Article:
LGBTQ+ History Month with Makayla Gerken Schofield

LGBTQ+ History Month with Makayla Gerken Schofield

To celebrate LGBTQ+ History Month we caught up with Makayla Gerken Schofield, GB Snowsport Moguls Athlete and passionate advocate for LGBTQ+ community.

To celebrate LGBTQ+ History month we first wanted to ask you what being a member of the LGBTQ+ community means to you?

I am proud to say that I am a part of the LGBTQ+ community, trying to educate myself about the community more each day and be there to help others who are struggling to come to terms with their sexuality or in any way.

Do you think being your authentic self has an effect on your sporting performance?

I think that taking responsibility helps on a daily basis, if it’s to do with your relationships, your activities or your sporting performance because you feel liberated, you can just be yourself, and not to be constantly trying to play a role in the presence of your relatives. 

What do you think that landscape is like for LGBTQ+ people is like in snowsports currently? Is there more than can be done in terms of inclusion?

For this subject in particular I could not say much because I actually came out not long ago, many people call me bisexual but I consider myself as pansexual and I never really had the occasion to talk with a lot of athletes but I would be delighted to meet more people in the LGBTQ+ community in snowsports and to bring my support for someone who would need it.

Is there anyone in particular from the LGBTQ+ Community who inspires you or who you want to spotlight?

I haven’t really looked up to anyone as I never really thought about it if that makes sense, I didn’t really do any research about LGBTQ+ community but looking into it I realised I missed out and I enjoy learning about it so maybe one day I will find someone I look up to.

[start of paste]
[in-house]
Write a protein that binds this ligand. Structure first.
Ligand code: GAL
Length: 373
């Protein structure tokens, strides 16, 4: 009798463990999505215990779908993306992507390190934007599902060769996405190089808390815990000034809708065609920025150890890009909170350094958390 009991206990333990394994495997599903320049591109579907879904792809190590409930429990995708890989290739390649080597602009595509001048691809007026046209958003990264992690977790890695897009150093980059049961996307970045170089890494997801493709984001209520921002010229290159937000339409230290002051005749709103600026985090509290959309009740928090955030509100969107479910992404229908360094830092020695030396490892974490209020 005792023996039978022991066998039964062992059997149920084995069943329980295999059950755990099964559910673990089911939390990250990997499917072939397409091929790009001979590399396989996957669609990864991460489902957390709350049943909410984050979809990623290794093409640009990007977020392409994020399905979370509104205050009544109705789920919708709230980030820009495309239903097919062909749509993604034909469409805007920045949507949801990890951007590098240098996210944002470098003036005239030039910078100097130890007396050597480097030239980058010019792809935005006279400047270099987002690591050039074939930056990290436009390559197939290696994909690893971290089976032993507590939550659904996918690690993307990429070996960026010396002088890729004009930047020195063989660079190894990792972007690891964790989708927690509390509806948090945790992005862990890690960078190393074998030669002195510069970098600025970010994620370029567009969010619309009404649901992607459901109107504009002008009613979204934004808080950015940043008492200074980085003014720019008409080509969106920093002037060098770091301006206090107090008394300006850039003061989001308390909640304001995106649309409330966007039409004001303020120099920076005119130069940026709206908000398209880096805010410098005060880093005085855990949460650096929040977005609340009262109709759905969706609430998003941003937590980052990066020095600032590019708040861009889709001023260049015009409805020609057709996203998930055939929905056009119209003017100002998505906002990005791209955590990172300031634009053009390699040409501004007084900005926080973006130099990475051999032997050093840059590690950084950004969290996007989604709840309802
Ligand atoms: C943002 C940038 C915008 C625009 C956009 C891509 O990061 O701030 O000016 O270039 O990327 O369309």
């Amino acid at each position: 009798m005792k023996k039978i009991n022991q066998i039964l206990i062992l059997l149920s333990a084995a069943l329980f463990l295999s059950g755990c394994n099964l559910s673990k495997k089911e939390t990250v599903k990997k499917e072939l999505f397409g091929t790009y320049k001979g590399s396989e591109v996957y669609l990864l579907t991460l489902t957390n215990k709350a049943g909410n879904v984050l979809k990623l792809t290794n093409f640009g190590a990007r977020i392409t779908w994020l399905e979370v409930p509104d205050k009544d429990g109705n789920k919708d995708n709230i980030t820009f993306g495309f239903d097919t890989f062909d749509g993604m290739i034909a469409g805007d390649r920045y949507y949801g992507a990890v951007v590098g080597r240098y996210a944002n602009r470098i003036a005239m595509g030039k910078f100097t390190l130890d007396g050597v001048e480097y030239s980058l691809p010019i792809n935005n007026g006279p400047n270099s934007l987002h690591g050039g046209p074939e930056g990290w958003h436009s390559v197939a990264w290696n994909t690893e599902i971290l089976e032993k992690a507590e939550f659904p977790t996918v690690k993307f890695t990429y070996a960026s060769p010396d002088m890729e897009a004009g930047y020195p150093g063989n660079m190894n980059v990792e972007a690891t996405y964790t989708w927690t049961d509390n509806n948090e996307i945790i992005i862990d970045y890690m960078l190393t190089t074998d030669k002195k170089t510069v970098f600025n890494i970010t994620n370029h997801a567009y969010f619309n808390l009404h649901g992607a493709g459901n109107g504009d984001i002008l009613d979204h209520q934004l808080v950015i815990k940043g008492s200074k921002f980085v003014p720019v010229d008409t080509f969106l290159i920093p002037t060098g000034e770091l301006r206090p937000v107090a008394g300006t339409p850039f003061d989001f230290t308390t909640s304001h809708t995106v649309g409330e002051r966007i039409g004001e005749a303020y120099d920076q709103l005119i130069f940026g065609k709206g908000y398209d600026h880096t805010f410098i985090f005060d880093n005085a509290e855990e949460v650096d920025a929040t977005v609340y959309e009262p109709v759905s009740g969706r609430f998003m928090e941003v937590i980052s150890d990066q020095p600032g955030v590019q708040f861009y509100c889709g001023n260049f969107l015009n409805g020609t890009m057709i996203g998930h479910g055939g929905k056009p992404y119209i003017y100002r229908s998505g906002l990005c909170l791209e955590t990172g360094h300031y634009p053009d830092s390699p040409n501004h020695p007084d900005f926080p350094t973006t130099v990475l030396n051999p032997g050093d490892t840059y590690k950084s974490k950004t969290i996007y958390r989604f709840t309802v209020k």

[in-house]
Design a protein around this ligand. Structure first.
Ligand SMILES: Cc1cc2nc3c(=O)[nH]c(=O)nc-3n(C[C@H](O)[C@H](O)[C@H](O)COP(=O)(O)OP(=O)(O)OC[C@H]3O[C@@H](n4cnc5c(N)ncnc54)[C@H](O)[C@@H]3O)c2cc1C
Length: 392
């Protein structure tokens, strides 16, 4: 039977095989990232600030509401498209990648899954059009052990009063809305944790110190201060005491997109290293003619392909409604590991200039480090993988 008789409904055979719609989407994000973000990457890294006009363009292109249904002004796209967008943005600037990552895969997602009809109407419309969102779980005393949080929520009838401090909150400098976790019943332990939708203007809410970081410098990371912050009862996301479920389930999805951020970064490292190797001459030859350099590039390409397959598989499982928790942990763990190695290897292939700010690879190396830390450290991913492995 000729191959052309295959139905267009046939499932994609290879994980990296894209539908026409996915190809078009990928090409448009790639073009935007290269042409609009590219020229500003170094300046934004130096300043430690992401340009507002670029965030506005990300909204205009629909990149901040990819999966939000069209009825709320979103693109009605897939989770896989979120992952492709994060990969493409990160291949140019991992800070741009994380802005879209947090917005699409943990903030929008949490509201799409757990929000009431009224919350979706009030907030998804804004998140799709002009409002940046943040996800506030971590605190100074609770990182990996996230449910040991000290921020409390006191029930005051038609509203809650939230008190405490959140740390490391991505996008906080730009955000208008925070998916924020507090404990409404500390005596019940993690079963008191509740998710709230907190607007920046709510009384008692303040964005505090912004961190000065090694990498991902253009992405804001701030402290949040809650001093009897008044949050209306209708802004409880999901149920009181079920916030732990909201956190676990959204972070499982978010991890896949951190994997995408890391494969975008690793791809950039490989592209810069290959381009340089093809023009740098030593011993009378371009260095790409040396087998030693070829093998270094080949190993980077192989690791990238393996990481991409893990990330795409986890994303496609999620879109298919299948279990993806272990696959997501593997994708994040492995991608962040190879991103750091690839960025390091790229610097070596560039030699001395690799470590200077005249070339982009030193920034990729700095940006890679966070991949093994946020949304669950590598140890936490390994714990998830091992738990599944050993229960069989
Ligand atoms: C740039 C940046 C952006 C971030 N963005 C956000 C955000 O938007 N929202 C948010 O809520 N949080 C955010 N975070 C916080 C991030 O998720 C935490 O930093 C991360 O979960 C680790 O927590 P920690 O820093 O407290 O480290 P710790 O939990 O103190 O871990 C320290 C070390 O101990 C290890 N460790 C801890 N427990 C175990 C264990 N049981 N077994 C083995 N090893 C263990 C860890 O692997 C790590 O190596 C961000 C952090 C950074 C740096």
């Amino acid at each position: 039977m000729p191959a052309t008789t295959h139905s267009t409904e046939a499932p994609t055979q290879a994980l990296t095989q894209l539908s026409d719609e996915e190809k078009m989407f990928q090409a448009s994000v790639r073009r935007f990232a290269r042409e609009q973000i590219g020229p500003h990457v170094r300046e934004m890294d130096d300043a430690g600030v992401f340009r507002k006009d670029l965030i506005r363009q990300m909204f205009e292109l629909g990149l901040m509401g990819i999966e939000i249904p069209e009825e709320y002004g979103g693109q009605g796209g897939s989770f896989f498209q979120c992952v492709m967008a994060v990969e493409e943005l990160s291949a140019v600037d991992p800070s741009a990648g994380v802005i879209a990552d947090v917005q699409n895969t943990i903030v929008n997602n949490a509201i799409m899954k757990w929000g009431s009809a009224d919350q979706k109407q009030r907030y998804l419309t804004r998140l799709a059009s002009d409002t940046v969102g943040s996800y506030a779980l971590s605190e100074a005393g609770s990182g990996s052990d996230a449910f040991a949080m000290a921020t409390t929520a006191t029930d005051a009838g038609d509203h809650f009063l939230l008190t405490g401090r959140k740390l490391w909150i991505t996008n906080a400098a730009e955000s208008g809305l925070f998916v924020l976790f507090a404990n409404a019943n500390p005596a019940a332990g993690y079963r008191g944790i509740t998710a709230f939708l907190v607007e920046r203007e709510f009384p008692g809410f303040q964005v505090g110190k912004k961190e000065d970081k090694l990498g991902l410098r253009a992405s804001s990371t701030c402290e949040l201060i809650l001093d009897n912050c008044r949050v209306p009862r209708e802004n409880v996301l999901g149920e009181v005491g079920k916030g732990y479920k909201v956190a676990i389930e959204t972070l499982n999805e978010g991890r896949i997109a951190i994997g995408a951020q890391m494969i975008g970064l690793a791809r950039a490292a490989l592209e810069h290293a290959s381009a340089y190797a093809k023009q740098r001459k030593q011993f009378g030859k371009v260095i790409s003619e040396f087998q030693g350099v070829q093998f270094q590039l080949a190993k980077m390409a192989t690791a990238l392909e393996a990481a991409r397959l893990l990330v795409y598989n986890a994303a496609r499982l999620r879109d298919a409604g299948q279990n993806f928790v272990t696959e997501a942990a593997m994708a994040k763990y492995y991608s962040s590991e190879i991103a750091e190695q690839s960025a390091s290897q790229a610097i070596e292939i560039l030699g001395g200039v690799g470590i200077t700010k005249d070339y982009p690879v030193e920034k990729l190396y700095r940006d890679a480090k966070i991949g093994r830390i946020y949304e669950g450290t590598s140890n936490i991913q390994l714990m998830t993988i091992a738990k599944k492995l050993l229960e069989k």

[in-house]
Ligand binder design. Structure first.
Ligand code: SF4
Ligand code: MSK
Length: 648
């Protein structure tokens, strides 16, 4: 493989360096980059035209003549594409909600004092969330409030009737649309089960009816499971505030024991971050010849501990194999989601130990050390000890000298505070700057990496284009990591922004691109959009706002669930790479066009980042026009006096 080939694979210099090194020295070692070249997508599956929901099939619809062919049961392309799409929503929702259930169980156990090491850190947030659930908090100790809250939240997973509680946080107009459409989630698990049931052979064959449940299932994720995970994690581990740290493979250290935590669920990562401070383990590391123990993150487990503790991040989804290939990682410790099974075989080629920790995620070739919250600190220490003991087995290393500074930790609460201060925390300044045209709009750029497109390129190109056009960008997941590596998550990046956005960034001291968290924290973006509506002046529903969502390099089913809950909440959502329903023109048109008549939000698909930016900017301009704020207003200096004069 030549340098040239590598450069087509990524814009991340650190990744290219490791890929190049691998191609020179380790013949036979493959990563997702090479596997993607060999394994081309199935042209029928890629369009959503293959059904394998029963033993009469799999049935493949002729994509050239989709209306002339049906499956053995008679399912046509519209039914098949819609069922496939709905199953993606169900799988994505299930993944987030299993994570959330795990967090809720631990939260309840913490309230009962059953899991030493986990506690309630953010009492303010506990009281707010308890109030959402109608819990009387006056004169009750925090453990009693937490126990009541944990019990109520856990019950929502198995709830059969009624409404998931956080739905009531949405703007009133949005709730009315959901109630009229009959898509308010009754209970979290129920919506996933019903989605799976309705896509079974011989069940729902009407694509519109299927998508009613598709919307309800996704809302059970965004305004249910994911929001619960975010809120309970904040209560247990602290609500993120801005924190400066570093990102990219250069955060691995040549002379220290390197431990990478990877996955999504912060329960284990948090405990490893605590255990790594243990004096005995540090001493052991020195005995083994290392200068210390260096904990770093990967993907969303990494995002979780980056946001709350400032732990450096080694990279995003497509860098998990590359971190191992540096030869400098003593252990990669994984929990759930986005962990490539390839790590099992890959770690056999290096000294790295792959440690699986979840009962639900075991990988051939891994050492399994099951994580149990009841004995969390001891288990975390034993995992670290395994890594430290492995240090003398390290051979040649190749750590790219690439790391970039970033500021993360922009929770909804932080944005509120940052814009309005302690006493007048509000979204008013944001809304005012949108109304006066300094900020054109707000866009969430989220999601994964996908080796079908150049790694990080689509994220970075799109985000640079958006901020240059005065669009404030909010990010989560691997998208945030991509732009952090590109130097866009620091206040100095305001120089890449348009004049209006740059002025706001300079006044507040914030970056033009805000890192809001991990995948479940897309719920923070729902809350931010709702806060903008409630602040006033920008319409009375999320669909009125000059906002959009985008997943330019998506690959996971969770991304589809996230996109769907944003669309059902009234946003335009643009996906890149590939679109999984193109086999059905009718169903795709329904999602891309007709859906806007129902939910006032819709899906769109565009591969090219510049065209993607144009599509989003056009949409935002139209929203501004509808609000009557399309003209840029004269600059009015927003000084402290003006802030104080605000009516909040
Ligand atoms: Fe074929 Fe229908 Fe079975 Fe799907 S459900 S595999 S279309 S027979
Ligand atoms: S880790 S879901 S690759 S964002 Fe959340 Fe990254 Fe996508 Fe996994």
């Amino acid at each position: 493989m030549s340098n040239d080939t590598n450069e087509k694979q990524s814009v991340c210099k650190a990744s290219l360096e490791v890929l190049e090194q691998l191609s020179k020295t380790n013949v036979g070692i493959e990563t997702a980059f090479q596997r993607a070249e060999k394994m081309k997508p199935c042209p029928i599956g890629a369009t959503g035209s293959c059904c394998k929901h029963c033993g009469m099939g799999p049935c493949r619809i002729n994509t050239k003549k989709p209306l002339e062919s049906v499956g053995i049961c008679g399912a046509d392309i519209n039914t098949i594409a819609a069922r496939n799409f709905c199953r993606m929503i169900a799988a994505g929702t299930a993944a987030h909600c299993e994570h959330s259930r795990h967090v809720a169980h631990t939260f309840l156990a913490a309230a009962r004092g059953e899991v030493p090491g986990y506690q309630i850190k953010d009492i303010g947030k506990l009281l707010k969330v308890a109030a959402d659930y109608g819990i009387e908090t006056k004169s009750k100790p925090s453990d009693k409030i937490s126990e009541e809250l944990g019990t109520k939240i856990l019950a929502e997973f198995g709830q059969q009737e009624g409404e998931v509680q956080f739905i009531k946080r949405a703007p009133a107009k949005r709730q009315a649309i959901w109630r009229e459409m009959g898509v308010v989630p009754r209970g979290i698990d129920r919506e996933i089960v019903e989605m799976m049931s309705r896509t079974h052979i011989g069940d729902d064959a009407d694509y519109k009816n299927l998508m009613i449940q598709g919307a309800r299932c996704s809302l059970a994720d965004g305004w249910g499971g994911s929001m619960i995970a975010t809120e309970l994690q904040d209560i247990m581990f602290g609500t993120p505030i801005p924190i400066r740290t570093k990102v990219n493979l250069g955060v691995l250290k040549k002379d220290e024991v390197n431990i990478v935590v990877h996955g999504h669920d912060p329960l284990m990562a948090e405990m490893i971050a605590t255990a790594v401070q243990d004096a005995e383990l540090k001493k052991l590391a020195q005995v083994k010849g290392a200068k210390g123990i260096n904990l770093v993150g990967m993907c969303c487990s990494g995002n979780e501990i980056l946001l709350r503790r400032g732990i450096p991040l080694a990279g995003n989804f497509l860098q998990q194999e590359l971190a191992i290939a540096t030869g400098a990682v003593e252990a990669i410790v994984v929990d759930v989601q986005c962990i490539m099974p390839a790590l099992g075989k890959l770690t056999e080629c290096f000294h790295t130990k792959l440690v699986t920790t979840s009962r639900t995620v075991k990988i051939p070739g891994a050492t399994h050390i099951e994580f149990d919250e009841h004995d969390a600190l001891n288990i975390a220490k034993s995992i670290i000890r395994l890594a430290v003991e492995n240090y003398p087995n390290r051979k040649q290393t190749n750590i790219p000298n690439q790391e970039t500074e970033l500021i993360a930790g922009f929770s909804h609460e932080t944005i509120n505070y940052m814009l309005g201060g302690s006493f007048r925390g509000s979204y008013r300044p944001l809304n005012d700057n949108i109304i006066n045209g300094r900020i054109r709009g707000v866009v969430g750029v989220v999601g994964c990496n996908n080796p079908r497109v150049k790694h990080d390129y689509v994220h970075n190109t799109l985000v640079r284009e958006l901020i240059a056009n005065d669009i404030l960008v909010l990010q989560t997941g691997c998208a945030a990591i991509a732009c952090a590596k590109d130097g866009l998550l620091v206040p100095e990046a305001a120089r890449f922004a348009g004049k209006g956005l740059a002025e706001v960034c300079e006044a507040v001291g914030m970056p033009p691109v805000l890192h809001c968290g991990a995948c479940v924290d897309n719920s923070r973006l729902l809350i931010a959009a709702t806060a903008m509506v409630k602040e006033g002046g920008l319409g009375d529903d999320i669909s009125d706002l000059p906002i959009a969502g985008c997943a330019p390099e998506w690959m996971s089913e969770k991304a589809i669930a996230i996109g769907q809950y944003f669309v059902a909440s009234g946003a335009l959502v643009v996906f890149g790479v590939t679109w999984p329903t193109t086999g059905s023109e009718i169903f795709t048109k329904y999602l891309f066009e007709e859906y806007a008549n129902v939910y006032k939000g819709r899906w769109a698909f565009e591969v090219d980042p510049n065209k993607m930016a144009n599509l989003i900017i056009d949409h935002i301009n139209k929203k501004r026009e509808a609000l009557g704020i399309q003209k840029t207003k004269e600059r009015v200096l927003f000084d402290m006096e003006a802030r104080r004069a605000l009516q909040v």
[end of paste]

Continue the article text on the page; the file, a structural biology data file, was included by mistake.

What would you say to someone within or outside of the snowsports community who is struggling to come to terms with their sexuality?

To take all the time you need to figure it out, it isn’t a race! do whatever you feel the need to do at your own pace. Don’t force yourself to give yourself a label because at the end of the day if you don’t feel the need to label yourself, don’t! That it is okay not to be sure. Protect yourself without hiding (being someone you are not, thinking you need to change who you are to please someone else) and to never forget that you are not the only one to experience this! you are NOT alone. 

You can also watch this video:

Are there any LGBTQ+ causes you would like to highlight?

Fewer than 30 countries recognise same-sex marriage. The first country to recognize marriage equality was the Netherlands, in 2001.

Unfortunately, there are still a lot of issues that need to be highlighted, but the problems that sadden me the most are that in 11 jurisdictions in which the death penalty is imposed, 72 jurisdictions around the world that criminalise private, consensual sexual activity between adults of the same sex. 

Where women are not specifically criminalised, lesbians and bisexual women are often arrested or threatened with arrest. I also believe that schools should teach us about LGBTQ+ community because it shouldn’t be hidden anymore.

There are many more that I could highlight –  it is something that society needs to work on and improve.

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